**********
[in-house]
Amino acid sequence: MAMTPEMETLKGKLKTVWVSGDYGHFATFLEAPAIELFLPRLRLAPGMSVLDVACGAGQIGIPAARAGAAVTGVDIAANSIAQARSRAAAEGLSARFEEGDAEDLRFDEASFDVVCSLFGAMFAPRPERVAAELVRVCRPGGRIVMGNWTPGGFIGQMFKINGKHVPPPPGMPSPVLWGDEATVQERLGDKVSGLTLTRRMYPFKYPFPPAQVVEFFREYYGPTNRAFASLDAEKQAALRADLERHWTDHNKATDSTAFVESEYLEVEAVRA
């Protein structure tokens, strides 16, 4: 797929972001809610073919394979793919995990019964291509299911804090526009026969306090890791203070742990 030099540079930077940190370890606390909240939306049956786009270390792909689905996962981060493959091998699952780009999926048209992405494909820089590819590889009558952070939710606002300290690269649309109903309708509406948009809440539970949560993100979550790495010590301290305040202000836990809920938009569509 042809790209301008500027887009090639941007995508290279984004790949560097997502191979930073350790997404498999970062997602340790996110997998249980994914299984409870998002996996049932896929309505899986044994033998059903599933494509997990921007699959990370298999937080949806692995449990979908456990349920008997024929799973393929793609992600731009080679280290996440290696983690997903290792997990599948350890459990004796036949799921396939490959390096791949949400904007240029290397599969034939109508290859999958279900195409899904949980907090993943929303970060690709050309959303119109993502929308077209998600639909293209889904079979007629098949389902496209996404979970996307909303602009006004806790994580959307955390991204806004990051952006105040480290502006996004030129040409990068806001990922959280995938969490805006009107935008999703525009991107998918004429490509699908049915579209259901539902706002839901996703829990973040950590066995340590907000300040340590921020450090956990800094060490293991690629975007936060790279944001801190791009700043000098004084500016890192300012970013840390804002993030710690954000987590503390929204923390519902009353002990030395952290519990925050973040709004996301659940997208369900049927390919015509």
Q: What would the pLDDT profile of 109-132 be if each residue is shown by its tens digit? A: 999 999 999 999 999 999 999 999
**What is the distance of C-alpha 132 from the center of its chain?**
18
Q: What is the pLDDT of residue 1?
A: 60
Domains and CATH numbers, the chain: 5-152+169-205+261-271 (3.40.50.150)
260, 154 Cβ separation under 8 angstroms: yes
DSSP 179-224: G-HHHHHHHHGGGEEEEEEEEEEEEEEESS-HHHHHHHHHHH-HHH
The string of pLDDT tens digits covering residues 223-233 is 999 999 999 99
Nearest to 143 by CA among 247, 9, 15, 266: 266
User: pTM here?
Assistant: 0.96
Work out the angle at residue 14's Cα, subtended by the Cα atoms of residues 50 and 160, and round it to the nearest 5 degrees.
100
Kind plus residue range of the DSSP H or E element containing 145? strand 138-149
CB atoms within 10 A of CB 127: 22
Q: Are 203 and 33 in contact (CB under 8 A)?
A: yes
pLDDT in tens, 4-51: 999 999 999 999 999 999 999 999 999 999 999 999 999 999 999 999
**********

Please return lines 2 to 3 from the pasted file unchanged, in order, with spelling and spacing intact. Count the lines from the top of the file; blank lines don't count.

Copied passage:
Amino acid sequence: MAMTPEMETLKGKLKTVWVSGDYGHFATFLEAPAIELFLPRLRLAPGMSVLDVACGAGQIGIPAARAGAAVTGVDIAANSIAQARSRAAAEGLSARFEEGDAEDLRFDEASFDVVCSLFGAMFAPRPERVAAELVRVCRPGGRIVMGNWTPGGFIGQMFKINGKHVPPPPGMPSPVLWGDEATVQERLGDKVSGLTLTRRMYPFKYPFPPAQVVEFFREYYGPTNRAFASLDAEKQAALRADLERHWTDHNKATDSTAFVESEYLEVEAVRA
């Protein structure tokens, strides 16, 4: 797929972001809610073919394979793919995990019964291509299911804090526009026969306090890791203070742990 030099540079930077940190370890606390909240939306049956786009270390792909689905996962981060493959091998699952780009999926048209992405494909820089590819590889009558952070939710606002300290690269649309109903309708509406948009809440539970949560993100979550790495010590301290305040202000836990809920938009569509 042809790209301008500027887009090639941007995508290279984004790949560097997502191979930073350790997404498999970062997602340790996110997998249980994914299984409870998002996996049932896929309505899986044994033998059903599933494509997990921007699959990370298999937080949806692995449990979908456990349920008997024929799973393929793609992600731009080679280290996440290696983690997903290792997990599948350890459990004796036949799921396939490959390096791949949400904007240029290397599969034939109508290859999958279900195409899904949980907090993943929303970060690709050309959303119109993502929308077209998600639909293209889904079979007629098949389902496209996404979970996307909303602009006004806790994580959307955390991204806004990051952006105040480290502006996004030129040409990068806001990922959280995938969490805006009107935008999703525009991107998918004429490509699908049915579209259901539902706002839901996703829990973040950590066995340590907000300040340590921020450090956990800094060490293991690629975007936060790279944001801190791009700043000098004084500016890192300012970013840390804002993030710690954000987590503390929204923390519902009353002990030395952290519990925050973040709004996301659940997208369900049927390919015509």